There is obviously evidence in boat magazine advertising that better training is available for the creation of computer models with realistic rendering than there is for the fundamentals of ergonomics and safe marine practices. You have to hope that the vast majority of the stuff presented as “now available” never makes it past the glossy computerized picture stage.
When designing a boat to be built of moulded fibreglass, the term “deck” becomes synonymous with the “deck moulding”. This large monolithic fabrication incorporates most of the features of the superstructure and cockpit and its design requires the integration of the deckhouse, sheerline treatment, and many details for the attachment of substructures and fittings. The deck design exercise is in practice a catch all for most of what you see of the exterior of the vessel other than the hulls and bridge deck.
Although sales sea trials will never intentionally be made in really adverse conditions and visions of a breezy, sunny sky life aboard are forefront the minds of most buyers, it is essential for a responsible design to address the crew’s ability to safely and effectively negotiate the weather decks when exposed to severe sea conditions. Following this maxim may however result in a vessel devoid of the fashionably bulbous deckhouses, submarine style sheer edges, scenic route walkways, head bangers, shin bangers, Everest steps, etc.; in other words a boat show peculiarity. You run the risk of designing a vessel that others may label as conservative or even “out of date”, horrors.
We would never consider anything but a flat walking surface to be acceptable for any application outside the marine field. When we necessarily compromise in this regard, it is done to provide drainage, conform to the foundation vessel lines, and to serve the needs of underlying structures or accommodation spaces. It is optionally compromised to address aesthetic elements. In this regard the freedom to incorporate shape should be severely tempered by the ergonomic and safety issues. In rough seas even a normally flattish deck surface will be tilting, wet and windswept. Tripping, sliding, falling on deck or overboard, are some of the obvious hazards confronting a crewman leaving the relative safety of the cockpit on a dark night at sea. There will always be some risk but this should not be exacerbated by dangerous design.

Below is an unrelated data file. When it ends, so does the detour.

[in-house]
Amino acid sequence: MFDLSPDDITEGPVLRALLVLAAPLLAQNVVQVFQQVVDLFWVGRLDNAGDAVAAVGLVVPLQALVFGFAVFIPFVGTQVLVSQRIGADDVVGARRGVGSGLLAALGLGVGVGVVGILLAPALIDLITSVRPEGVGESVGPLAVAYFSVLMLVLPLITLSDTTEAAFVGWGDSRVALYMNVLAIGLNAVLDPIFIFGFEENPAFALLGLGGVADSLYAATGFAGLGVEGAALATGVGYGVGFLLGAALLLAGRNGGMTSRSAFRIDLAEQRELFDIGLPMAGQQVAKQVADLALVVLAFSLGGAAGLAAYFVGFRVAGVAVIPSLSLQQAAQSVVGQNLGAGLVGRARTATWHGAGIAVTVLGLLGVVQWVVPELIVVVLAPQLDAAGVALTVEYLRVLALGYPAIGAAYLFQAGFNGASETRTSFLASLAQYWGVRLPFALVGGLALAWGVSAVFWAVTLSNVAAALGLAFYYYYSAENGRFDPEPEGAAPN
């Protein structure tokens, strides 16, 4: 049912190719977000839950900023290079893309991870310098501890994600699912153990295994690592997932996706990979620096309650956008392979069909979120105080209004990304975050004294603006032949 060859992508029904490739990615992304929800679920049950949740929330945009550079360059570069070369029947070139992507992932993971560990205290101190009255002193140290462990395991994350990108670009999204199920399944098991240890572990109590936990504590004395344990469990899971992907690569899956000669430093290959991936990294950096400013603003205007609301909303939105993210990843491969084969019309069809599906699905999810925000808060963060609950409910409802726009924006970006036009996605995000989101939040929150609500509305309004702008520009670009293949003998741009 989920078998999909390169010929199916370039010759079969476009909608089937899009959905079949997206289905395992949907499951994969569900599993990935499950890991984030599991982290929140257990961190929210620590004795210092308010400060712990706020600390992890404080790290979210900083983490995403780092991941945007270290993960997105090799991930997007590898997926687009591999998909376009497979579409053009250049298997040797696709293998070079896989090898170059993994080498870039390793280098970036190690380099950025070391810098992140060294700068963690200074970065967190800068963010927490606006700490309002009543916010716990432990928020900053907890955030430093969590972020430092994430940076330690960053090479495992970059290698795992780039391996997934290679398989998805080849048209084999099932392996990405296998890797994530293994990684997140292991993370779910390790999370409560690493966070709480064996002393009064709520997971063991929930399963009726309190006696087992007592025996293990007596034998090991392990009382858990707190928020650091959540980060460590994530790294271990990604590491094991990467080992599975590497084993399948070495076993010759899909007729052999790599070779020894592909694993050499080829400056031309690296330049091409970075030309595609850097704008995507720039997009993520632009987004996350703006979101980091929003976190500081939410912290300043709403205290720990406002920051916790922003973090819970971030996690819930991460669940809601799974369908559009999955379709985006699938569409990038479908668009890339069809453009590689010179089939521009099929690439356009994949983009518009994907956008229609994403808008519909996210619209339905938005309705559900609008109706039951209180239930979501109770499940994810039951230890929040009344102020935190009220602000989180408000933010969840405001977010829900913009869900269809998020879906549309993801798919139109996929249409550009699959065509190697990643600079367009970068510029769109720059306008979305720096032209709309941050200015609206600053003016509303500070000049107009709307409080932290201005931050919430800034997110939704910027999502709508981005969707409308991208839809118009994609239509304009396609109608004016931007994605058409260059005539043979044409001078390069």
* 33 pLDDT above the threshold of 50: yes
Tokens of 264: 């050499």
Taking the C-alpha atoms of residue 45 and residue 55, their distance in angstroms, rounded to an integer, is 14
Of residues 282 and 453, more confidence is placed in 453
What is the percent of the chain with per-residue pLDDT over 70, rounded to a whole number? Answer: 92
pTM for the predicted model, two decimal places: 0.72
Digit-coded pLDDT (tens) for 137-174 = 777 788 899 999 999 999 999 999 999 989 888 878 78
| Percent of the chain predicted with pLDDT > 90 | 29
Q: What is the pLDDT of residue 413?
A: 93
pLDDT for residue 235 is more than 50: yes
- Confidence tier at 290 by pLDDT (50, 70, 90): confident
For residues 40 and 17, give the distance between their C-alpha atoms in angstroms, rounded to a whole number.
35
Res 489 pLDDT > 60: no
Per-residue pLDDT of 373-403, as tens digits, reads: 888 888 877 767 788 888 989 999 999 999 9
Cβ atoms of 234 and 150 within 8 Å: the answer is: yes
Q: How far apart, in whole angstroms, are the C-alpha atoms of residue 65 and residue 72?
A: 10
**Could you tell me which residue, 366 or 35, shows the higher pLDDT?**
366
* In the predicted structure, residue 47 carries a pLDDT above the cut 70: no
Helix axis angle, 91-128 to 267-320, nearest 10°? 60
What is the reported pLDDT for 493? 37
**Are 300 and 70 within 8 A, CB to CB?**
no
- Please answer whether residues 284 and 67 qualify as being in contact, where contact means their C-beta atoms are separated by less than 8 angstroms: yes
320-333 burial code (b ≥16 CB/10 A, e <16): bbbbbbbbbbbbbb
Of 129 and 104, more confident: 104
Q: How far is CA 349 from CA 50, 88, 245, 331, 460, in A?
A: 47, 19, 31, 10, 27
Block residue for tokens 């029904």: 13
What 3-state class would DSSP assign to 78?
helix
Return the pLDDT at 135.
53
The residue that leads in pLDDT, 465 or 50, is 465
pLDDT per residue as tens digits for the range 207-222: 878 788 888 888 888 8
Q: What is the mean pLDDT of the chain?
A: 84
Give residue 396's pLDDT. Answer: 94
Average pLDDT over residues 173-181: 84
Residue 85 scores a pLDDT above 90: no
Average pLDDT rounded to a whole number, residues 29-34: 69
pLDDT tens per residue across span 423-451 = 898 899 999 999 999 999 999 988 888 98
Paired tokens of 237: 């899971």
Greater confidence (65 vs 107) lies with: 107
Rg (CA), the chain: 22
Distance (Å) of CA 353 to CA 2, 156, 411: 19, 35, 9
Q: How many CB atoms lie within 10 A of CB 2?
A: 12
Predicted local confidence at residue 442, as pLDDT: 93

The argument can be rightly made that rounding everything over reduces windage to some degree. This certainly works for road vehicles that always take the wind of highway speeds on the nose. In order to get it right, wind tunnel testing is carried out and often produces some non-intuitive results, things may in fact work better with a few edges. Sailboats are a little more complicated in that the wind may come from any angle and its effect may be positive or negative, depending on which way you wish to go and how the sails are set; however you will probably generally have an easier time of things if windage is no more than it needs to be. Unless you are racing, compromising identifiable safety issues in favour of unquantifiable reduced windage is a tough argument to live with.
Applying a race attuned aesthetic to the family car has had a long record of sales success with little downside as regards drivability, though plenty in regard to utility. A genuine cruising catamaran can ill afford to adopt the racing multihull aesthetic however without serious compromise in safety and especially utility. Water has a way of getting on the deck, sometimes in a fairly large quantity. Beach cats and low profile racing multihulls that routinely fly one, two, or even all hulls concede this point and their shapes tend to resemble those of very sleek submersibles with rounded sections designed to go through waves as efficiently as over them; they spend a lot of time semi-submerged anyway. At the record speeds now being achieved, there is no alternative; the crew just gets very wet.
The cruising catamaran sailing at more moderate speeds has very little in common with a racing multihull other than the reliance on more than one floatation body. The requirement for interior accommodation dictates a full bridge deck construction and full headroom through most of the length of the hulls. For this application, you need to concede that the “through the wave” approach is perhaps not so appropriate and since we would really prefer not to get any wetter than necessary, the hulls will have more topsides, making things higher above the water and introducing a little more deck width at the bow. This is a distinct advantage to assist in getting about on the foredeck and the large floatation volume up forward will keep the bows from being driven under in extreme circumstances. When the deck and its interface with the hulls are considered, creating a weak copy of the rounded over low volume racing hull is perhaps not a good idea, cool as it may look.